European Union Film Festival kicks off Friday
“Europe without the jetlag!”
The 14th European Union Film Festival (EUFF) starts this Friday (Nov 25 - Dec 8) to showcase the most compelling, engaging award winning films across the Atlantic Ocean at the Pacific Cinemateque in Vancouver.
In this year's festival, 24 countries (from the 27 EU members) have submitted their films entries. Malta has never participated, while Spain and Luxemburgo are not in this year, Pacific Cinmetheque artistic and executive and director, Jim Sinclair told the Vancouver Observer in an interview.
The UEFF has a unique fashion to choose their film as opposed to curating a series movies: every country has carte blanque to select a film to represent them and do in a very particular manner each.
“Some countries are choosing festival or cinematheque style o house style film. Some are choosing popular favourites . Some countries care very deeply about which films they choose [while] others, I think, are less dedicated in their choices.” Sinclair explained.
“It’s always a mix and it makes it a really great festival because there is such a diversity of types of films. “
The EUFF is also held in Toronto and Ottawa.
This year’s EUFF opens with Polish film Little Rose (Rozycka) directed by Jan Kidawa-Blonski and the closing flick Stricken (Komt vrouw bij de dokter) from the Netherlands, directed by Reinout Oerlemans.
Other titles to watch:
Miss Kicki directed by Hakon Liu (Sweden/Taiwan).
A middle age, good times- girl Swedish woman (Pernilla August) comes back from the U.S. to settle down in her home country. Kicki has a 17 year old son, Viktor (Ludwig Palmell) whom she left to the care of her mother.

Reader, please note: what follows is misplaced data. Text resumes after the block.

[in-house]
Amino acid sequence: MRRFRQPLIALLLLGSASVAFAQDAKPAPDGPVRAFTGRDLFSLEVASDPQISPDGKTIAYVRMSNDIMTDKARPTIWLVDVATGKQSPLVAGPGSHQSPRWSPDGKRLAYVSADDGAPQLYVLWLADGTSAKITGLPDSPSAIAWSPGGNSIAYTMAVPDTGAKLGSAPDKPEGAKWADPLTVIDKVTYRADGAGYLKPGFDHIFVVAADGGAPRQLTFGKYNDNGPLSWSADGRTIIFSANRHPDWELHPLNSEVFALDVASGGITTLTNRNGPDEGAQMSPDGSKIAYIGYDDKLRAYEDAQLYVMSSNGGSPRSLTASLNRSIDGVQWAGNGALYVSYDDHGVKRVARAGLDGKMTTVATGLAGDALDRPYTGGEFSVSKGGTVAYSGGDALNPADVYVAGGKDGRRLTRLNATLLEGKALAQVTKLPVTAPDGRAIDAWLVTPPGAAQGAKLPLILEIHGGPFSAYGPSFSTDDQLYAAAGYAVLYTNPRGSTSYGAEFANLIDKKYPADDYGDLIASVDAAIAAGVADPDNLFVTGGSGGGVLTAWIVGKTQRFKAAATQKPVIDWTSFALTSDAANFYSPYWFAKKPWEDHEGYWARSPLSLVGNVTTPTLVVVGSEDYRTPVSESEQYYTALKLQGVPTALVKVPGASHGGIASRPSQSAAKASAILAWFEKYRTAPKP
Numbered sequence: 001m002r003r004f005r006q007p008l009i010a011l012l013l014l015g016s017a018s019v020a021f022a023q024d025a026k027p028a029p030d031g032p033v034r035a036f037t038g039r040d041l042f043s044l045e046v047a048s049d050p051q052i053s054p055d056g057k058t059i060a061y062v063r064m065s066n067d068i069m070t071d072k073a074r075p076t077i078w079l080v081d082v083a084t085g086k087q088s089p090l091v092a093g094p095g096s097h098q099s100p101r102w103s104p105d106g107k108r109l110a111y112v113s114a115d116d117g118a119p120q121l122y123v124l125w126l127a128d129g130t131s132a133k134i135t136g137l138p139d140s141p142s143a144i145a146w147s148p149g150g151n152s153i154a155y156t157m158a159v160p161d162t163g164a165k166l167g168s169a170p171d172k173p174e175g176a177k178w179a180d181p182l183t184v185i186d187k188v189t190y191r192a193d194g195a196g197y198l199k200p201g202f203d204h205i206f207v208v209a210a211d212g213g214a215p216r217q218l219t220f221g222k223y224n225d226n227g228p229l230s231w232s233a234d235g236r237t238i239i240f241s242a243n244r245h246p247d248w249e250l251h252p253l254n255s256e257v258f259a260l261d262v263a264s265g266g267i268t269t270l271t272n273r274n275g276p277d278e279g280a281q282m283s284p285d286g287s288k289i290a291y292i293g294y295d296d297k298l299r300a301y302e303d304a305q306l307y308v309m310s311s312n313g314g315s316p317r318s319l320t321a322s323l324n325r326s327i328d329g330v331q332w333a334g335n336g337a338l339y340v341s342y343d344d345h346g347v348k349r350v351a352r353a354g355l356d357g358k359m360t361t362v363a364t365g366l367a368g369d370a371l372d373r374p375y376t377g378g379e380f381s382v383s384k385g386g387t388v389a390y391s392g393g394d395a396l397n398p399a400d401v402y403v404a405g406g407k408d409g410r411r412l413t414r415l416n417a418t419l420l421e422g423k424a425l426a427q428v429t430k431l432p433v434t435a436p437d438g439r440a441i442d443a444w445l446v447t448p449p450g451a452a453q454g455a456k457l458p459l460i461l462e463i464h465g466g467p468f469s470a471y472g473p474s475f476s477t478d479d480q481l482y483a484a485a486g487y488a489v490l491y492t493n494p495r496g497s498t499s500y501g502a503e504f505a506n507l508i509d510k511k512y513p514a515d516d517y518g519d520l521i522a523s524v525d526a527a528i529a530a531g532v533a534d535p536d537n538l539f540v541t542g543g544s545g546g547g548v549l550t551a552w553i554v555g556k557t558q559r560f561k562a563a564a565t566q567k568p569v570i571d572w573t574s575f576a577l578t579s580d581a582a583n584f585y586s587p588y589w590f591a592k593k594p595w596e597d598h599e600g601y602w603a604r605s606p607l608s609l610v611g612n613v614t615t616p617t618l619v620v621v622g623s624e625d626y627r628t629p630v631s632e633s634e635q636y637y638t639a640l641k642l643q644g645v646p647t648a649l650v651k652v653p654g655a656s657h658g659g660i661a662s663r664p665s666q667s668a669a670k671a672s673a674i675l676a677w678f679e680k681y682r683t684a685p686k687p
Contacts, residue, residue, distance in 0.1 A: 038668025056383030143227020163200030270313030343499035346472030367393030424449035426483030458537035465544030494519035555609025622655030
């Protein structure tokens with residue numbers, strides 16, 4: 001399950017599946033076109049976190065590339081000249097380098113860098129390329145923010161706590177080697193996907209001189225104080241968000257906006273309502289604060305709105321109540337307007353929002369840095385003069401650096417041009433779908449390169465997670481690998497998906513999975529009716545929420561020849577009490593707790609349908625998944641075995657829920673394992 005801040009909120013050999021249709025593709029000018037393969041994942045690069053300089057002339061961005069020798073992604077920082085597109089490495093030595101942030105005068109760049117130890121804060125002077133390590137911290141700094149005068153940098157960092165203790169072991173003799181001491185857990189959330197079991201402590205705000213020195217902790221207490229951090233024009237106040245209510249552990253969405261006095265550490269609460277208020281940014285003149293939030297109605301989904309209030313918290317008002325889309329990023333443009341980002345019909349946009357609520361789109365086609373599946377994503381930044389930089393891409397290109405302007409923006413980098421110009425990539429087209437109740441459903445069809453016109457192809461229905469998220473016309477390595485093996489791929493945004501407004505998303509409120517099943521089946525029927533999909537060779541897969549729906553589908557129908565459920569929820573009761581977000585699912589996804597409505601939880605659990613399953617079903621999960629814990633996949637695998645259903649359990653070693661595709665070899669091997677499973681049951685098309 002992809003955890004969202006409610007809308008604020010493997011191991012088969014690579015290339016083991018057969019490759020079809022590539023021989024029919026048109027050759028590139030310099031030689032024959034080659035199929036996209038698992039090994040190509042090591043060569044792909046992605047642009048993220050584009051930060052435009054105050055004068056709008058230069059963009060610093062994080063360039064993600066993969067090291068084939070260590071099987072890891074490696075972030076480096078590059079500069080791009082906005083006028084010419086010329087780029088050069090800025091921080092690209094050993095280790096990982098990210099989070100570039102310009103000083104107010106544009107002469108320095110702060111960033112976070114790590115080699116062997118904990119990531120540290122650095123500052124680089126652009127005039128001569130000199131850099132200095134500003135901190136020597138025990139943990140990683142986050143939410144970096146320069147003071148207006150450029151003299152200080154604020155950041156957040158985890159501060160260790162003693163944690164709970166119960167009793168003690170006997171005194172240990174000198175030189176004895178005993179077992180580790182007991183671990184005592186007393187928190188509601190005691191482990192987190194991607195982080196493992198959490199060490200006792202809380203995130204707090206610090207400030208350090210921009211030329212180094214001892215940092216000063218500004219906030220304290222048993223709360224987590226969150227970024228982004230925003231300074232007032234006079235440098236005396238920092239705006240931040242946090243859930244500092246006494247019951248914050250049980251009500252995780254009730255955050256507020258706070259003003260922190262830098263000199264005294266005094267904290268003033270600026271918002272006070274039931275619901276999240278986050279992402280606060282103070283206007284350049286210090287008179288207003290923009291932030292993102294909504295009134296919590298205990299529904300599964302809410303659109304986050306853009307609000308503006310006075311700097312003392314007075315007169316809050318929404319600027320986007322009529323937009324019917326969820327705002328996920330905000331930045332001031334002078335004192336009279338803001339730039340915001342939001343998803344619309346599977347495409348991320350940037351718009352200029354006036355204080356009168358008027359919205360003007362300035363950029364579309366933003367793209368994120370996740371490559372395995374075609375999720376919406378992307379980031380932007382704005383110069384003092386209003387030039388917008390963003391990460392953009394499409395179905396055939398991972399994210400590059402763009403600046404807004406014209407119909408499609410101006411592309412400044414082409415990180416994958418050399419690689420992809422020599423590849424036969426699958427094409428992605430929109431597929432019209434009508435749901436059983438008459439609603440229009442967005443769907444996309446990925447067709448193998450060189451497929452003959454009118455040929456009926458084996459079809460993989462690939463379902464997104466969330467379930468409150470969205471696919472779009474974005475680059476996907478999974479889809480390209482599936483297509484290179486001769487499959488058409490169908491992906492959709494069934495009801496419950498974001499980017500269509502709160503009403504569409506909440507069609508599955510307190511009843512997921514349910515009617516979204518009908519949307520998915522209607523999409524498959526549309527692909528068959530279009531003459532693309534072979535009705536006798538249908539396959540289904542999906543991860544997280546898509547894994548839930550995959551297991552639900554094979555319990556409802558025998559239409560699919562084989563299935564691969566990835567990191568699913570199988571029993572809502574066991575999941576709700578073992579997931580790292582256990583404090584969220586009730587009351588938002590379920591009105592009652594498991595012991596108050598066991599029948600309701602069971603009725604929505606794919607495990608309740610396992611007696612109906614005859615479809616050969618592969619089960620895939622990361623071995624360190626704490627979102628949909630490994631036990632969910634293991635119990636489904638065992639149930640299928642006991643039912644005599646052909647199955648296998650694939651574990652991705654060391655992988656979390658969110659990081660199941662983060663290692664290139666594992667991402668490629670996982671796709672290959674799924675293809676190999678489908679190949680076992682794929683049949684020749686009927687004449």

After her birthday, she decides to travel to Taiwan and takes her son with her to reconnect with him.
However, getting to know better Viktor is not the only plan in her agenda. Kicki tries to meet in real life with a Taiwanese businessman (Eric Tsang) , who has been romancing her online. Meanwhile, her son wonders alone in the streets of Taipei and gets acquaintance with a troubled Taiwanese boy.
As Kicki struggles to bond with Viktor, secrets emerges leading to erosion in their already weak mother-son relationship.
Miss Kicki not only reflect on the intricasies of in relationships between parents and children, social issues and cross-cultural communication showing the power of communication, going beyond the words.
(November 26, 8:20 pm)
A scene in "Personal Baggage". (Photo courtesy of EUFF)
Personal Baggage (Osebna prtjaga) Director: Janez Lapajne – Slovenia
The two-hour long thriller set in the dark backdrop of Slovenian forests, tells the intricate story of the dangers of a love triangle and its extraneous complications. Vid (Klemen Slakonja )a talented choir singer belongs to a upper middle class dysfunctional family. His mother, a business woman, (Natasa Barbara Gracner)smothers him with exaggerated affection, while his father, a "beauty doctor" is thoughtless and aloof with his son.
The young singer falls in love with Nina, a femme-fatale who will spiral the family dynamics by engaging in an affair with Vid's father.
Their lives soon implode ,leading to tragical coincidences and death.
In a subtle fashion, Lapajne also underlines a somber historical baggage around those Slovenian dark, haunting forests.
Lapajne's film intertwines the different stories with skill and precision, maintaining the suspense factor through an effective cinematic narrative.
(November 27, 6:30 pm)